I started couponing in January of 2011. I was gung-ho about it. I stocked up like crazy. We even installed shelving in the spare room closet. I won a gift certificate from Ace Hardware, and I wanted shelves. I spent so much money stocking up. I did get great deals, but you still have to spend money on those deals. I have dialed it way back, and while moving couponing has been put on hold. So here is what I’ve learned from 2+ years of couponing.
1. Focusing on getting a great deal all the time made me materialistic. I was always focused on buying things. I spent hours every day reading emails to find deals and places to sign up for free things. While its great to get a good deal, those deals shouldn’t be my main priority.
2. There will always be another sale and another coupon. Couponing made me feel like I would miss out if I didn’t get this deal right now. Sometimes I would scrape coins together to buy that great deal. Recently the word FOMO was added to the dictionary. It means the fear of missing out. Couponing plays into this. When getting great deals only get what you will use in the next 3 – 6 months because there will be the same kind of great deal within that time. And only buy food you normally eat. Even if the cookies are a great deal will you really eat them?
3. No matter how great the deal is, you should never be rude. Buying all the items on the shelf is rude. Blocking the isle so no one can get “your” good deal is rude. Fraudulent use of coupons is rude. Taking too long at the checkout while others are waiting is rude. Taking the entire pad of peelies or blinkies is rude.
4. To know the best price for key items you buy. I spent 6 months writing down the weekly price for about 20 items. I learned that the sale ads lie. It may be in the ad, but it may be the regular price. Know how much what the rock bottom price is, the ok price and the no way am I buying that price. And I learned that most things are at rock bottom price about every three months. Don’t be fooled. The Hardworking Husband and I priced prime rib roast before Christmas. It was $5.48/lb at regular price. A week later it was “on sale” for $5.48/lb. One thing I buy a lot of is Diet Pepsi. The HH loves it. (I know it’s terrible for him.) I know the rock bottom price is $2.50 for a 12 pack. Sometimes I can get it for a little cheaper, but not much. I know that $3 is an ok price and $4.50 is an only if I’m desperate to buy it. $4.50 is cheaper than him buying fountain drinks for $1+ each.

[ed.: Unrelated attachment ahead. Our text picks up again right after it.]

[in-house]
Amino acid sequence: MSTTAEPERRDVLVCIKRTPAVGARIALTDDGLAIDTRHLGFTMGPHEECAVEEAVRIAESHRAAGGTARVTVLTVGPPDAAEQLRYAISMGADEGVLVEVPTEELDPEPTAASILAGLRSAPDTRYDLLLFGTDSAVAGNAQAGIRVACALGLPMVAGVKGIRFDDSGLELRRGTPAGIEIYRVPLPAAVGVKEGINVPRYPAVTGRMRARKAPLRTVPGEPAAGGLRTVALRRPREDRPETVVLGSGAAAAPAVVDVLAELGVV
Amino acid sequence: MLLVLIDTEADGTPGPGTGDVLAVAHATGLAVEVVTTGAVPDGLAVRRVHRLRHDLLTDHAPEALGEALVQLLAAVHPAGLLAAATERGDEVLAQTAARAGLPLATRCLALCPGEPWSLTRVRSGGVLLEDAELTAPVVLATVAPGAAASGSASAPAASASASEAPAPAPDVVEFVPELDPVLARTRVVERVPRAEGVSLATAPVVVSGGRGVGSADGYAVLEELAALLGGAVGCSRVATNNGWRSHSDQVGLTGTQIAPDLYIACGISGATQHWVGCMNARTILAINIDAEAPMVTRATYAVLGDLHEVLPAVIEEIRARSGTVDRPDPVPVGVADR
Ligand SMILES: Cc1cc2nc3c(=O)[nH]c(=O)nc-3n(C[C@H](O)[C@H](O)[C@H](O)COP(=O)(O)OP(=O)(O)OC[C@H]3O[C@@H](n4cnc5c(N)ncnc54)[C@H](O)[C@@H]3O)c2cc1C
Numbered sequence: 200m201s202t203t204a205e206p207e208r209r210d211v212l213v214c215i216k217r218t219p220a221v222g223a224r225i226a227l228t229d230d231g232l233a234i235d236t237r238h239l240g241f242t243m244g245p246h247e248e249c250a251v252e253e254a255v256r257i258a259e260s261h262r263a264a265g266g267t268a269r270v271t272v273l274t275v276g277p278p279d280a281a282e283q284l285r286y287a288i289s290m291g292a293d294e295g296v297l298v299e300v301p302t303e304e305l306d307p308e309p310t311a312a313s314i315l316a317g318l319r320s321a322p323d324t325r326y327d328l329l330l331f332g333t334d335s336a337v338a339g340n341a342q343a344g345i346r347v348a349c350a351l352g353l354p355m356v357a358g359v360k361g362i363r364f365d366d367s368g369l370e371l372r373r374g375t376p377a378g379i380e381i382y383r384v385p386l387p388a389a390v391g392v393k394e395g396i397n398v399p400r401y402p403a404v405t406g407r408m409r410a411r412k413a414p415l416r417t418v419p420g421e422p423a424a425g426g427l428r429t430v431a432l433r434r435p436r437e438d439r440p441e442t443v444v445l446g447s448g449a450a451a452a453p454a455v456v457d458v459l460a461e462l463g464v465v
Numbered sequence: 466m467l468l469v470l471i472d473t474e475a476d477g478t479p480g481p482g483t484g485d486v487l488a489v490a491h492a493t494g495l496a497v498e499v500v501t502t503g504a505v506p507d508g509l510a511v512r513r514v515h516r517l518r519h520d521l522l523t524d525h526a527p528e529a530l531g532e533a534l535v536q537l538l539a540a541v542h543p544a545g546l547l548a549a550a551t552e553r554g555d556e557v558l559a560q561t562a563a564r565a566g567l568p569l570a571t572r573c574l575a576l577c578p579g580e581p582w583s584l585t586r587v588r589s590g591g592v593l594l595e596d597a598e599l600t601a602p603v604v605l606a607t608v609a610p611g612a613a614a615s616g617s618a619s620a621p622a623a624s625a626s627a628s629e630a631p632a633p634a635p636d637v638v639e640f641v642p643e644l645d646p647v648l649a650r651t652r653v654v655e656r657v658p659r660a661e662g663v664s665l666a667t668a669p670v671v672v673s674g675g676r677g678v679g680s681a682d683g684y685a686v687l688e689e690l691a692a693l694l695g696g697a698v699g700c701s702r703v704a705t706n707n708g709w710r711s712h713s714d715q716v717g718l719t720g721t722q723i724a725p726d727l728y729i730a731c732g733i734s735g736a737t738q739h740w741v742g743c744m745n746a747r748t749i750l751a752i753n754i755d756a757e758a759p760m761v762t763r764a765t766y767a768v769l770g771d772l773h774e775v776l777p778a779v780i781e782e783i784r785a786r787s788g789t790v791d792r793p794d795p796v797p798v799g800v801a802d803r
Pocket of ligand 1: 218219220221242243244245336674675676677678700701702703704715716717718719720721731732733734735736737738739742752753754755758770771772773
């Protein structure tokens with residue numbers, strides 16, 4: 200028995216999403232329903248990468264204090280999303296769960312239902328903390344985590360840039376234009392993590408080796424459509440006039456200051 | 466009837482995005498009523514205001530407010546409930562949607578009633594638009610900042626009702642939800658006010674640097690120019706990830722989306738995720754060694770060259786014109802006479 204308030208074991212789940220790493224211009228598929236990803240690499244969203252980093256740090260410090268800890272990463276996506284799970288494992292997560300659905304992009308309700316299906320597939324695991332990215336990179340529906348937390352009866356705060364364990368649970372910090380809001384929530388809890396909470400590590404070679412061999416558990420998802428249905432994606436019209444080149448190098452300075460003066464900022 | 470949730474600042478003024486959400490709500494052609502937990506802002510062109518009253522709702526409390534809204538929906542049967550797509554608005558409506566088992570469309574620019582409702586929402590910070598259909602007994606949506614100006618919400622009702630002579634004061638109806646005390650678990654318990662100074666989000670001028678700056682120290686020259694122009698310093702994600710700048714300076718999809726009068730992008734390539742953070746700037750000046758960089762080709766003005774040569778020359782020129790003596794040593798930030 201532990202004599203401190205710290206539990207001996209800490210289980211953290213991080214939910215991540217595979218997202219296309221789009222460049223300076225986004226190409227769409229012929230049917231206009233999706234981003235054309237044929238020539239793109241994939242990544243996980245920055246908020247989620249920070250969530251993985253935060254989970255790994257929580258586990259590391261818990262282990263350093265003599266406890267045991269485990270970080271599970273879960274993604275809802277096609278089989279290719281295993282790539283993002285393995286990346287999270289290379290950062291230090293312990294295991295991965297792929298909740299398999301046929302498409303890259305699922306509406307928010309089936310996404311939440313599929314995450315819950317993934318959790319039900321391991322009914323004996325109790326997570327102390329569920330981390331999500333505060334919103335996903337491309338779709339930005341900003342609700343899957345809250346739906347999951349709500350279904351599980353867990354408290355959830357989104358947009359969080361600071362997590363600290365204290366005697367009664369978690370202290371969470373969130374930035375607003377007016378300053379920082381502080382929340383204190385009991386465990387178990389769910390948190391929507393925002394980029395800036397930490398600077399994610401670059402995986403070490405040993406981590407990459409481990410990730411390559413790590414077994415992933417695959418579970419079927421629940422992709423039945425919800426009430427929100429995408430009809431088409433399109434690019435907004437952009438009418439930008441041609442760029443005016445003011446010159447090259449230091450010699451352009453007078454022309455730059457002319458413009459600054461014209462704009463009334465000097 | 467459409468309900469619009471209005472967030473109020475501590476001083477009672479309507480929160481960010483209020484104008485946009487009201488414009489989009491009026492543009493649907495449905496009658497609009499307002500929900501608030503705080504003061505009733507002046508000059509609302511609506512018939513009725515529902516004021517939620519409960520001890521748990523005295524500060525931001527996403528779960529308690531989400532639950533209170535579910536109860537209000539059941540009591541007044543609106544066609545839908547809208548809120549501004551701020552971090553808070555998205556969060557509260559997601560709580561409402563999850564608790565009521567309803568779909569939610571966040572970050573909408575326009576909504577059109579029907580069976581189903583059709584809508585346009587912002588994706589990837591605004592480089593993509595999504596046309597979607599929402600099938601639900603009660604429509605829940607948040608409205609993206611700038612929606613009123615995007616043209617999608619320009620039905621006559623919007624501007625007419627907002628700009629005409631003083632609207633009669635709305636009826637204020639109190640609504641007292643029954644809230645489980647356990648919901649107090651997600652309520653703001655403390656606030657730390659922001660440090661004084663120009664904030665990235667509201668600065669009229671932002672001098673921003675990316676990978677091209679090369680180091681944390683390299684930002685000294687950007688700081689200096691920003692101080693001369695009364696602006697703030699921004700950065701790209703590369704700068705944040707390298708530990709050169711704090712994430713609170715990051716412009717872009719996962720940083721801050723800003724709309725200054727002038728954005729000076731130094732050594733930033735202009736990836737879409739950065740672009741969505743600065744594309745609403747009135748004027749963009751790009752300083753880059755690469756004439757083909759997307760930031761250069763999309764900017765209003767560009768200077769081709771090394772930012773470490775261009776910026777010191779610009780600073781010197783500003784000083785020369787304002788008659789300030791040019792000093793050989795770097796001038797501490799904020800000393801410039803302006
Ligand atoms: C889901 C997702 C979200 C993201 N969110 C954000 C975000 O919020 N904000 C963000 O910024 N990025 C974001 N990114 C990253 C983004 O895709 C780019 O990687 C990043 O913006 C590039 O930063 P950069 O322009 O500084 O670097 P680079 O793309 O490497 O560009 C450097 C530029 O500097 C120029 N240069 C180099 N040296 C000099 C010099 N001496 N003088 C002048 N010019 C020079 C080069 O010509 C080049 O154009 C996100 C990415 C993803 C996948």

5. Coupons are available for foods that aren’t processed. They are just fewer. Use them when you get them. We have tried to eat less processed food. We have a few things we still eat because I can be lazy from time to time.
6. When you find the rock bottom price on meat STOCK UP! We have a large freezer. Most of what I freeze is meat. It’s much better to go to the freezer to get the meat you need for dinner than to go pay full price. It will save you more money than any other couponing technique.
I still coupon, but I balance it with menu planning. I stock up on things when they are a great deal, but I still buy a few things at regular price. I have found this to be the best for me and my budget. In our new house, we have a large food storage closet. I will be doing a little more stocking up since I have the room.
Great advice - I think you're right it only really makes sense if you combine with meal planning
Wednesday 18th of September 2013
My couponing goes in waves. Sometimes I get really into, but it's just too exhausting to keep up with all the time. I try to maintain a healthy balance with it. You brought up some great points. I have always been to lazy to keep a price book but every time I wonder if I'm getting a good deal I think darn- I really need that book! ;)
Friday 6th of September 2013
Thanks for linking up at Fidlin' Fridays! I will definitely be reading this a few times I really wanna be a better couponer!